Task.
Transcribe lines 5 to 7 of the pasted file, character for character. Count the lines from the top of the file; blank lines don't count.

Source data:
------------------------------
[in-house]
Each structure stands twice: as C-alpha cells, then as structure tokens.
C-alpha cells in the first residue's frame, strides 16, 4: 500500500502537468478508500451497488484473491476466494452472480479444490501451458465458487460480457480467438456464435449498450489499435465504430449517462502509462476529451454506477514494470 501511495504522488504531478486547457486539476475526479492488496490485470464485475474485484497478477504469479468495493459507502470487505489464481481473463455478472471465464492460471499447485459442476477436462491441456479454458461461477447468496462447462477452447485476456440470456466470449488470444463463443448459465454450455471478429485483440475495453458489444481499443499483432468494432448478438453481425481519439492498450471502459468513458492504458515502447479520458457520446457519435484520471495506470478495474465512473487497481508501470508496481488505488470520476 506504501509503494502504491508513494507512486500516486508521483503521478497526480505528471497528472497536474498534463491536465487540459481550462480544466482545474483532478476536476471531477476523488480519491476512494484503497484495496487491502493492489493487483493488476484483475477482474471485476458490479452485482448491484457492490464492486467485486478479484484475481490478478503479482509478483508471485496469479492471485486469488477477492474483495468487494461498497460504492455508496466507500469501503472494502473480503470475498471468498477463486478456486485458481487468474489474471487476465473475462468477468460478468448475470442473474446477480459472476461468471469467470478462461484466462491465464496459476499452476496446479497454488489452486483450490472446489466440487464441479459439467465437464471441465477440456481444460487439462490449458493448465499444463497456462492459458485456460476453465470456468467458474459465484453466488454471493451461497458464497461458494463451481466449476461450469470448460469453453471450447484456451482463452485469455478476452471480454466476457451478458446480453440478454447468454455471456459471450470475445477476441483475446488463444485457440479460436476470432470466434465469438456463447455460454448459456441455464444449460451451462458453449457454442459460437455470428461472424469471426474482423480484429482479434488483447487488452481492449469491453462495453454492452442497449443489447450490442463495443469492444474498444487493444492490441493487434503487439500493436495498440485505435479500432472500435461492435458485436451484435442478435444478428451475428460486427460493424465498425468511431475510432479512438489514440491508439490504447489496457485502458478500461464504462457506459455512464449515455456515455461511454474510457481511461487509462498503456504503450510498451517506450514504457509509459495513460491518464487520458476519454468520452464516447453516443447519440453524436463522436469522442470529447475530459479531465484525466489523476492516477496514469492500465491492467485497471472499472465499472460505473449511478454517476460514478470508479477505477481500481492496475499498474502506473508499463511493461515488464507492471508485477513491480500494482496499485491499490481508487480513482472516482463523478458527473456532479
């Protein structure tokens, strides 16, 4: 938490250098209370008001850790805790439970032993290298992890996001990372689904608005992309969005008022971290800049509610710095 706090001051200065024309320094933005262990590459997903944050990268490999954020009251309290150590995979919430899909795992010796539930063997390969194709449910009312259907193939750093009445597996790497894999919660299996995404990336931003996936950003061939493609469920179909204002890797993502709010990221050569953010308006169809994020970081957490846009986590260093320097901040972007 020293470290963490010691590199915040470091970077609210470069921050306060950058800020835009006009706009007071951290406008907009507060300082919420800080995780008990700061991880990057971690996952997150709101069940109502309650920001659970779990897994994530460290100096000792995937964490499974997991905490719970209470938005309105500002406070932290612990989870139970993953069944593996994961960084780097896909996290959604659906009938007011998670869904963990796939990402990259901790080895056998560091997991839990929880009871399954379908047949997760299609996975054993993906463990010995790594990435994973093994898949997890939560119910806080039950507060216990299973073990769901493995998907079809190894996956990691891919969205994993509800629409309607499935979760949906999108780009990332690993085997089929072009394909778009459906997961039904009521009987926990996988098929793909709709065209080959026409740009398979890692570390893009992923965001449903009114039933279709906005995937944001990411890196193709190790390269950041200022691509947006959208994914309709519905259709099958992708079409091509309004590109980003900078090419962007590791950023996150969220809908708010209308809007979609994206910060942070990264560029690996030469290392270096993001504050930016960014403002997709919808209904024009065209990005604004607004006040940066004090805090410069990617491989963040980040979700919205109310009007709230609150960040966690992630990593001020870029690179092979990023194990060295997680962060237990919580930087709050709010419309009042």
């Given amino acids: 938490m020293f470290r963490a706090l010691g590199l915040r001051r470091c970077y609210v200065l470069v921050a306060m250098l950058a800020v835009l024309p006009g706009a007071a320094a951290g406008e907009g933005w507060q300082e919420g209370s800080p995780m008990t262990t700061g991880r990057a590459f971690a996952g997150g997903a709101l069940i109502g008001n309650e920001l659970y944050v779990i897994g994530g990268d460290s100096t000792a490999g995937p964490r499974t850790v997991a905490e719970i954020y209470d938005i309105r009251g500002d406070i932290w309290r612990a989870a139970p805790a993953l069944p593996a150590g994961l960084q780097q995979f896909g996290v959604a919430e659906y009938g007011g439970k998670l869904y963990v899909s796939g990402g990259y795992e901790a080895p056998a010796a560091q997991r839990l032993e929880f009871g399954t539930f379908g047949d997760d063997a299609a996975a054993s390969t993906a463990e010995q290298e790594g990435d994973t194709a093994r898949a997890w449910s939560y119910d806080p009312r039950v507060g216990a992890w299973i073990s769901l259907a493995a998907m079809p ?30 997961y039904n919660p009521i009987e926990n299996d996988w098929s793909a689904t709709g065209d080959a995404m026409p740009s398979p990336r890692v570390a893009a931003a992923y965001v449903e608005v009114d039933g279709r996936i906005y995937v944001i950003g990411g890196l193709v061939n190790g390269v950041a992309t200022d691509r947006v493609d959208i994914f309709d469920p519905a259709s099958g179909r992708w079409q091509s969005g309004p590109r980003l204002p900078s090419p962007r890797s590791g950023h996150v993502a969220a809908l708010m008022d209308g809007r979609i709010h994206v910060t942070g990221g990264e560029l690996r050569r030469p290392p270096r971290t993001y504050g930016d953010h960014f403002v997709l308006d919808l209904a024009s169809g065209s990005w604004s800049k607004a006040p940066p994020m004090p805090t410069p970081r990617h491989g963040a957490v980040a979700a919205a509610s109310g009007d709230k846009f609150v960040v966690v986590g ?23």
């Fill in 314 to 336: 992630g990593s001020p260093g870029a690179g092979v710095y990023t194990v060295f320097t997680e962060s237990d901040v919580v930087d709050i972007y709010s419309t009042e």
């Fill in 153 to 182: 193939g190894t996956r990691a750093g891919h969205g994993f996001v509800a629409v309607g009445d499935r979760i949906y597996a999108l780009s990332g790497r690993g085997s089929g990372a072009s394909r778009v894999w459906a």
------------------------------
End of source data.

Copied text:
């Given amino acids: 938490m020293f470290r963490a706090l010691g590199l915040r001051r470091c970077y609210v200065l470069v921050a306060m250098l950058a800020v835009l024309p006009g706009a007071a320094a951290g406008e907009g933005w507060q300082e919420g209370s800080p995780m008990t262990t700061g991880r990057a590459f971690a996952g997150g997903a709101l069940i109502g008001n309650e920001l659970y944050v779990i897994g994530g990268d460290s100096t000792a490999g995937p964490r499974t850790v997991a905490e719970i954020y209470d938005i309105r009251g500002d406070i932290w309290r612990a989870a139970p805790a993953l069944p593996a150590g994961l960084q780097q995979f896909g996290v959604a919430e659906y009938g007011g439970k998670l869904y963990v899909s796939g990402g990259y795992e901790a080895p056998a010796a560091q997991r839990l032993e929880f009871g399954t539930f379908g047949d997760d063997a299609a996975a054993s390969t993906a463990e010995q290298e790594g990435d994973t194709a093994r898949a997890w449910s939560y119910d806080p009312r039950v507060g216990a992890w299973i073990s769901l259907a493995a998907m079809p ?30 997961y039904n919660p009521i009987e926990n299996d996988w098929s793909a689904t709709g065209d080959a995404m026409p740009s398979p990336r890692v570390a893009a931003a992923y965001v449903e608005v009114d039933g279709r996936i906005y995937v944001i950003g990411g890196l193709v061939n190790g390269v950041a992309t200022d691509r947006v493609d959208i994914f309709d469920p519905a259709s099958g179909r992708w079409q091509s969005g309004p590109r980003l204002p900078s090419p962007r890797s590791g950023h996150v993502a969220a809908l708010m008022d209308g809007r979609i709010h994206v910060t942070g990221g990264e560029l690996r050569r030469p290392p270096r971290t993001y504050g930016d953010h960014f403002v997709l308006d919808l209904a024009s169809g065209s990005w604004s800049k607004a006040p940066p994020m004090p805090t410069p970081r990617h491989g963040a957490v980040a979700a919205a509610s109310g009007d709230k846009f609150v960040v966690v986590g ?23």
């Fill in 314 to 336: 992630g990593s001020p260093g870029a690179g092979v710095y990023t194990v060295f320097t997680e962060s237990d901040v919580v930087d709050i972007y709010s419309t009042e």
């Fill in 153 to 182: 193939g190894t996956r990691a750093g891919h969205g994993f996001v509800a629409v309607g009445d499935r979760i949906y597996a999108l780009s990332g790497r690993g085997s089929g990372a072009s394909r778009v894999w459906a």